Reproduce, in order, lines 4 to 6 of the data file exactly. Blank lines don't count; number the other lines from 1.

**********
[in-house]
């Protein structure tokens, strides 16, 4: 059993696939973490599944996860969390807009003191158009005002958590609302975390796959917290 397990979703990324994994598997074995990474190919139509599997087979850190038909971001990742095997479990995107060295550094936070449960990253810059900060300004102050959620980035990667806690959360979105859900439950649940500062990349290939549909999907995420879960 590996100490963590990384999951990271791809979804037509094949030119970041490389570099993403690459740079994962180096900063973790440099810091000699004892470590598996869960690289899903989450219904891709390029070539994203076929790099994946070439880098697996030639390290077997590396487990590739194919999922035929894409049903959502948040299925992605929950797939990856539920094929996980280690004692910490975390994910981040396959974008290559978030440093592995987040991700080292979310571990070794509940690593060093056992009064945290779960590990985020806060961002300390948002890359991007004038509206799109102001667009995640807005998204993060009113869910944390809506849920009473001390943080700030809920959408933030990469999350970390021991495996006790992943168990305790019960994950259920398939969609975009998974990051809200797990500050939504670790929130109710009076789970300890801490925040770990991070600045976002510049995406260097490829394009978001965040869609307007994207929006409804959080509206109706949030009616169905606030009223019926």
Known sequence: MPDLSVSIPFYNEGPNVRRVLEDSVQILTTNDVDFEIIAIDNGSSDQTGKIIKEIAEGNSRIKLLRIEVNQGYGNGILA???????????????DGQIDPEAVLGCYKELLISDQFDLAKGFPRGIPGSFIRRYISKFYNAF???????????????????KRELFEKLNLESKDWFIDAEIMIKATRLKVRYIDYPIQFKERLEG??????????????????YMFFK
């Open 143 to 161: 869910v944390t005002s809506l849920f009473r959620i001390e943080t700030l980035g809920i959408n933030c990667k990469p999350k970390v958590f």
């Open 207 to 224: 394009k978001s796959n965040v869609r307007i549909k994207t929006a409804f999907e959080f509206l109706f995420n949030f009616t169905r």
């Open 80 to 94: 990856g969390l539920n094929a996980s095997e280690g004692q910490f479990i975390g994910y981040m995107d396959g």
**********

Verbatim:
């Open 143 to 161: 869910v944390t005002s809506l849920f009473r959620i001390e943080t700030l980035g809920i959408n933030c990667k990469p999350k970390v958590f």
């Open 207 to 224: 394009k978001s796959n965040v869609r307007i549909k994207t929006a409804f999907e959080f509206l109706f995420n949030f009616t169905r």
């Open 80 to 94: 990856g969390l539920n094929a996980s095997e280690g004692q910490f479990i975390g994910y981040m995107d396959g």